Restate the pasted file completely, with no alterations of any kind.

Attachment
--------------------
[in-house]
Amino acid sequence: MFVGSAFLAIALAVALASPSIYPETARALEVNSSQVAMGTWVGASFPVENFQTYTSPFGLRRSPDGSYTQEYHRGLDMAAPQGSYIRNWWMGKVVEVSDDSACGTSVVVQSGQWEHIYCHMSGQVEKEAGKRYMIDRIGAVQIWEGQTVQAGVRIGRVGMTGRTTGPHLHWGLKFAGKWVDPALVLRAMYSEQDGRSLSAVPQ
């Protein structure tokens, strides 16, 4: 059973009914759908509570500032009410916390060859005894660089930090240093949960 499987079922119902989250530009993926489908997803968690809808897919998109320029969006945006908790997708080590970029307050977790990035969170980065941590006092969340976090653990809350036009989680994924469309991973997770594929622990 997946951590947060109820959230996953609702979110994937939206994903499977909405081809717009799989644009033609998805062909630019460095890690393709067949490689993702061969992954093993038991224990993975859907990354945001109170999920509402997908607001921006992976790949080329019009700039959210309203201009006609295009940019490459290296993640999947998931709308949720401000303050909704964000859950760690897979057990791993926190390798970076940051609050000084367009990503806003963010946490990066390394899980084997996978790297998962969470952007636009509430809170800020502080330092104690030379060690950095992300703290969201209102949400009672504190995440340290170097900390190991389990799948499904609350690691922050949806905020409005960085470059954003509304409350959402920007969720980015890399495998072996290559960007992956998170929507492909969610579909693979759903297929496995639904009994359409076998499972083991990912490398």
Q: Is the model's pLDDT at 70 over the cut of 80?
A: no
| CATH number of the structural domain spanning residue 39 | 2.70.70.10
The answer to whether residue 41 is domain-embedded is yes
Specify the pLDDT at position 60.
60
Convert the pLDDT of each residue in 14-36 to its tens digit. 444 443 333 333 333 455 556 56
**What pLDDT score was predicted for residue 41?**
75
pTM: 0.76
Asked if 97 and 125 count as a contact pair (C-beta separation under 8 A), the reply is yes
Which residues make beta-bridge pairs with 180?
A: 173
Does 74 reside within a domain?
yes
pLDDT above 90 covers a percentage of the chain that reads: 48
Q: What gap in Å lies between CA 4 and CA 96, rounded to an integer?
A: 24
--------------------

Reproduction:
[in-house]
Amino acid sequence: MFVGSAFLAIALAVALASPSIYPETARALEVNSSQVAMGTWVGASFPVENFQTYTSPFGLRRSPDGSYTQEYHRGLDMAAPQGSYIRNWWMGKVVEVSDDSACGTSVVVQSGQWEHIYCHMSGQVEKEAGKRYMIDRIGAVQIWEGQTVQAGVRIGRVGMTGRTTGPHLHWGLKFAGKWVDPALVLRAMYSEQDGRSLSAVPQ
């Protein structure tokens, strides 16, 4: 059973009914759908509570500032009410916390060859005894660089930090240093949960 499987079922119902989250530009993926489908997803968690809808897919998109320029969006945006908790997708080590970029307050977790990035969170980065941590006092969340976090653990809350036009989680994924469309991973997770594929622990 997946951590947060109820959230996953609702979110994937939206994903499977909405081809717009799989644009033609998805062909630019460095890690393709067949490689993702061969992954093993038991224990993975859907990354945001109170999920509402997908607001921006992976790949080329019009700039959210309203201009006609295009940019490459290296993640999947998931709308949720401000303050909704964000859950760690897979057990791993926190390798970076940051609050000084367009990503806003963010946490990066390394899980084997996978790297998962969470952007636009509430809170800020502080330092104690030379060690950095992300703290969201209102949400009672504190995440340290170097900390190991389990799948499904609350690691922050949806905020409005960085470059954003509304409350959402920007969720980015890399495998072996290559960007992956998170929507492909969610579909693979759903297929496995639904009994359409076998499972083991990912490398």
Q: Is the model's pLDDT at 70 over the cut of 80?
A: no
| CATH number of the structural domain spanning residue 39 | 2.70.70.10
The answer to whether residue 41 is domain-embedded is yes
Specify the pLDDT at position 60.
60
Convert the pLDDT of each residue in 14-36 to its tens digit. 444 443 333 333 333 455 556 56
**What pLDDT score was predicted for residue 41?**
75
pTM: 0.76
Asked if 97 and 125 count as a contact pair (C-beta separation under 8 A), the reply is yes
Which residues make beta-bridge pairs with 180?
A: 173
Does 74 reside within a domain?
yes
pLDDT above 90 covers a percentage of the chain that reads: 48
Q: What gap in Å lies between CA 4 and CA 96, rounded to an integer?
A: 24